Sep 9

September 9, 2016

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Follow-up on the Schooners Lemael & Booya

I had previously written a series of articles regarding a number of sailing ships, but two in particular – the Booya and the Lemael. The series started with “Cyclone Tracy Shipwrecks” in our April 2005 newsletter (No.320). This was followed by “More About the Booya” in our July 2005 newsletter (No.323). The third article was titled “The Wreck of the Schooner Lemael” and it was published in our June 2007 newsletter (No.344). The final one in the series (until now)…

Posted in Maritime History, Shipwrecks | By

Sep 8

September 8, 2016

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What Is CIGESMED for Divers?

In November 2013, I hosted Vasilis Gerovasileiou from Greece during his visit to South Australia. We only managed one dive together though. We managed a dive at Rapid Bay jetty on16th November 2013. Vasilis had only brought a 5mm wetsuit with him for his dives in Australia. This suit probably served him well for dives in WA & Queensland, but it didn’t work out so well for his dive in SA. The water temperature at Rapid Bay in November was…

Posted in Citizen Science, Marine invertebrates, Molluscs, Research, sea urchins | By

Aug 14

August 14, 2016

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MLSSA replaced the SA Museum Underwater Research Group

Our Society celebrated its 40th anniversary this year. Next year we can celebrate our 60th! That’s if we take the word of our Patron & Life Member, Dr Scoresby Shepherd. He says that MLSSA, formerly MARIA (SA Branch), followed on from the SA Museum Underwater Research Group. The Museum URG was established in 1957. It was part of many international URGs which commenced in France in 1945 (meaning that we indirectly reached our 70th anniversary last year). The first URG was established…

Posted in Achievements | By

Jul 19

July 19, 2016

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Follow-up re Sea urchin barrens and mini-barrens

Further to my article titled “Sea urchin barrens and mini-barrens” (http://wp.me/p4BvtZ-pZ ), Society member, David Muirhead commented, “Magazine Bay looks so nice Steve. I can see why you dived that day rather than sat on the beach reading a magazine (or waiting for one to explode)!” David then added, “PS: the only barrens or minis I’d seen in my early diving days were in Fiji and those were uncommon, but here in SA it is only in the last few…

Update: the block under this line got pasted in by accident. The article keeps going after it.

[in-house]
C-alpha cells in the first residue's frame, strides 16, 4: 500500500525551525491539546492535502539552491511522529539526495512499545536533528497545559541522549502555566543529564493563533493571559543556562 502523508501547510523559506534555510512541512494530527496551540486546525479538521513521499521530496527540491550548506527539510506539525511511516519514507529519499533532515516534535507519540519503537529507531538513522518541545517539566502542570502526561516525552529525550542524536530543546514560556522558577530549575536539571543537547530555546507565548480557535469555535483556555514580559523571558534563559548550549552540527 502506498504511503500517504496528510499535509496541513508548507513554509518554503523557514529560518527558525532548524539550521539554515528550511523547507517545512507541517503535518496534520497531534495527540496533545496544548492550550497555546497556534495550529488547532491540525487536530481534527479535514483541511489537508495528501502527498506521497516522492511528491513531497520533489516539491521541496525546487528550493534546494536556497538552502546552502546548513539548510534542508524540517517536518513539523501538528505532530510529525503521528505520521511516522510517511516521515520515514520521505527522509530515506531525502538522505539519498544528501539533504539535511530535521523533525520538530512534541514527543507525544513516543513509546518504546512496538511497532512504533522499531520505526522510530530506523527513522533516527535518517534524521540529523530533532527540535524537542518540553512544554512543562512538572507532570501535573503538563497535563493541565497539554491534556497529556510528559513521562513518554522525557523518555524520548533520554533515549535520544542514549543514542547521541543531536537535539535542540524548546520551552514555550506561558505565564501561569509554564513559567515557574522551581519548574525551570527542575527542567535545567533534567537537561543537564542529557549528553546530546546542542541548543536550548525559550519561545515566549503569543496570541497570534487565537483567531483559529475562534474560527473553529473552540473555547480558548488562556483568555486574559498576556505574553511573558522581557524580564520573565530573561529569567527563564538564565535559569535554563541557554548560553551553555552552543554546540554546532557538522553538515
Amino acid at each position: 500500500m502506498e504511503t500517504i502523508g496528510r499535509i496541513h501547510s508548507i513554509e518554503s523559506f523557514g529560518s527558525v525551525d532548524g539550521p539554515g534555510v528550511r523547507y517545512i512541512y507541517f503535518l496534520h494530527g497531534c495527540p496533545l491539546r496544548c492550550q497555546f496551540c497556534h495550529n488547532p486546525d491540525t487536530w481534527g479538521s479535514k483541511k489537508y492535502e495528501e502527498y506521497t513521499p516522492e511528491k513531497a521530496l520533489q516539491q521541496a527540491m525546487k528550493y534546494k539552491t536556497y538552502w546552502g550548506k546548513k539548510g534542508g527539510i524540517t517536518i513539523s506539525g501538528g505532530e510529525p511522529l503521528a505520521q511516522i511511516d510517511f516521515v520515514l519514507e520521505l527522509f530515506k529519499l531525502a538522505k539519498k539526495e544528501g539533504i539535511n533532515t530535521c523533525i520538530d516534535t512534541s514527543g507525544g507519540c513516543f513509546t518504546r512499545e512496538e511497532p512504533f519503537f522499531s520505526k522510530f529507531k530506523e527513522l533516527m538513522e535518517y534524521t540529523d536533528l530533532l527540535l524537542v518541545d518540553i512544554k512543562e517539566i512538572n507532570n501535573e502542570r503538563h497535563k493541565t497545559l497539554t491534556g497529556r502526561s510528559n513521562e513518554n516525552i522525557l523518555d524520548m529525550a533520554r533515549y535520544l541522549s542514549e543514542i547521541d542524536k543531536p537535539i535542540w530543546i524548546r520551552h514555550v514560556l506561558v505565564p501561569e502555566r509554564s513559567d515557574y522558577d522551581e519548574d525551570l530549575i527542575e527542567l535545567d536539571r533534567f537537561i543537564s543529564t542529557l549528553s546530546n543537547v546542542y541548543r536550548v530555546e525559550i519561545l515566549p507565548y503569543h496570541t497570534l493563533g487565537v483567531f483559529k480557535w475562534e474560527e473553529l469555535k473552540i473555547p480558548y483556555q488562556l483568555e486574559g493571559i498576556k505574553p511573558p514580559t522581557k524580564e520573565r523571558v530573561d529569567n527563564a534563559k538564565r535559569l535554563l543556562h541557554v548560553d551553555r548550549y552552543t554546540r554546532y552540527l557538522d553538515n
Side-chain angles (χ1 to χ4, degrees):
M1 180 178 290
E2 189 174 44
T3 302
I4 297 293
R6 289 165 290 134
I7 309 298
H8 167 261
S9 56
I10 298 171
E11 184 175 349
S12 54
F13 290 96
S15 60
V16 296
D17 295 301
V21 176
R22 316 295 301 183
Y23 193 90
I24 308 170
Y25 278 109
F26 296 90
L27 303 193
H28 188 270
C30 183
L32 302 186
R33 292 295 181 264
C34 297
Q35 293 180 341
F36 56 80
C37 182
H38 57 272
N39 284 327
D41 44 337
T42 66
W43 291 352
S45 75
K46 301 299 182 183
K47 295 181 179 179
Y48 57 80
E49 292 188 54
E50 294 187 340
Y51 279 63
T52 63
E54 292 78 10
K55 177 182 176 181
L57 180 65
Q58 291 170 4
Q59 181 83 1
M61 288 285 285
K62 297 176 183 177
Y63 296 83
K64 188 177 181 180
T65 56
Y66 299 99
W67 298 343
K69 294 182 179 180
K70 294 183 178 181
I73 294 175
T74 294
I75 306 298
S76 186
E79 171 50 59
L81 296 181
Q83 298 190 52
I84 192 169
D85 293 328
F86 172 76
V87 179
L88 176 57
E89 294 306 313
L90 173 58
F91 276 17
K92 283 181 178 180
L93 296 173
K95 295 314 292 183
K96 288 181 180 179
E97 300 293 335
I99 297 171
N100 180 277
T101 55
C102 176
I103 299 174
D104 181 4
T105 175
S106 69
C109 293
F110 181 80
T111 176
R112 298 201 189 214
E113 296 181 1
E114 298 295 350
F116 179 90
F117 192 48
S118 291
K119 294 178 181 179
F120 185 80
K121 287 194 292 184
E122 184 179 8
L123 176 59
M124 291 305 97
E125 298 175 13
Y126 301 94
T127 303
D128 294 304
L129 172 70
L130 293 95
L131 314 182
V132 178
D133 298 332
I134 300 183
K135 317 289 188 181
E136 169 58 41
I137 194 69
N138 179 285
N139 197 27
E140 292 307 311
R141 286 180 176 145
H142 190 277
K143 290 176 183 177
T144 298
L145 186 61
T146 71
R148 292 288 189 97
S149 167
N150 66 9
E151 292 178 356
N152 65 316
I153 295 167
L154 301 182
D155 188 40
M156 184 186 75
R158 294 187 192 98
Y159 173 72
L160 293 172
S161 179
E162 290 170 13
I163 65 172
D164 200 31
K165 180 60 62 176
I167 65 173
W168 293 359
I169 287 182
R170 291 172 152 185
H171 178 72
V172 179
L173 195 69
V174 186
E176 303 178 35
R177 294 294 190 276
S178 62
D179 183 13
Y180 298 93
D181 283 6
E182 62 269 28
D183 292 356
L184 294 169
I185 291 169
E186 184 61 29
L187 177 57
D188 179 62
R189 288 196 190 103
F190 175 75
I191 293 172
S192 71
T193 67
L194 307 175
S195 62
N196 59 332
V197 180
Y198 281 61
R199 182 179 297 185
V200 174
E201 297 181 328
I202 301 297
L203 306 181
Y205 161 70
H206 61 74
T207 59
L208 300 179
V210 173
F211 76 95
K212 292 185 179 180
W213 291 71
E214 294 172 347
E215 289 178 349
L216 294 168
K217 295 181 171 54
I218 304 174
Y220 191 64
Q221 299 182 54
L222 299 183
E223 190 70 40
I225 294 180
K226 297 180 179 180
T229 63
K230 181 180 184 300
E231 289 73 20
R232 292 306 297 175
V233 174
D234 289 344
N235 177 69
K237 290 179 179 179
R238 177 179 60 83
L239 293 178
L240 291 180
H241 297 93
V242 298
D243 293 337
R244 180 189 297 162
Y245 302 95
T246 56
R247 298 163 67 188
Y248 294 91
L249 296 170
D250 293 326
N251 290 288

Posted in Marine invertebrates, sea urchins | By

Jul 3

July 3, 2016

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Victorian marine worm I.D.

Early April 2016, we received an email message with the subject heading “Possible new species”. The message read (in part), “I was just went down Shoreham Beach with my family for a walk through the reef and stumbled across a strange creature. We were able to get a good quality video of it and thought I could send to you. We have previously sighted it three years ago at Mushroom Reef but wasn’t able to get it to any professionals….

Posted in Coastal species, intertidal zone, Marine invertebrates, Worms | By

Jul 2

July 2, 2016

Jun 13

June 13, 2016

Jun 12

June 12, 2016

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The naming of the Bluefin Leatherjacket, Thamnaconus degeni

David Muirhead took this photo of a male Bluefin Leatherjacket, Thamnaconus degeni, at the Noarlunga Tyre Reef: – Photo of a male Bluefin Leatherjacket, Thamnaconus degeni (Taken by David Muirhead at the Noarlunga Tyre Reef) The leatherjacket was named by a Mr C Tate Regan in 1902 (or 1903). He named it Pseudomonacanthus degeni at the time. It later became Thamnaconus degeni CAAB Code:37465037). So Thamnaconus degeni is now the accepted  name for the species, whilst Pseudomonacanthus degeni is a…

Posted in Bony fishes | By

Jun 9

June 9, 2016

The results for the first ACSA national survey about public participation in marine citizen science are now online

Gretta Pecl, Les Christidis and Vicki Martin have now published the results for the first Australian Citizen Science Association national survey about public participation in marine citizen science. The results are now online in BioScience at http://bioscience.oxfordjournals.org/content/early/2016/06/01/biosci.biw070 . “Public Interest in Marine Citizen Science: Is there Potential for Growth?” by Martin, V. Y., Christidis, L., & Pecl, G. T. (2016) (BioScience. doi: 10.1093/biosci/biw070) examines the level of public interest that there is in volunteering for marine citizen science and the types of people who are most likely…

Posted in Citizen Science | By

Jun 6

June 6, 2016

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Large Octopus Beach-washed at Petrel Cove

We recently received an email message reading “Howdy! I found this Octopus washed up at Petrel Cove and I can’t figure out what species it is. I estimate its leg span to be about 1.5m. Annelise Johnson” The message was accompanied by this photo of the beach-washed octopus: – Our reply to Annelise was: “Hi Annelise, That’s a beauty! The one species that occurs in SA with a large leg span is the Maori Octopus (up to 3m). What became…

Posted in Cephalopods, Molluscs | By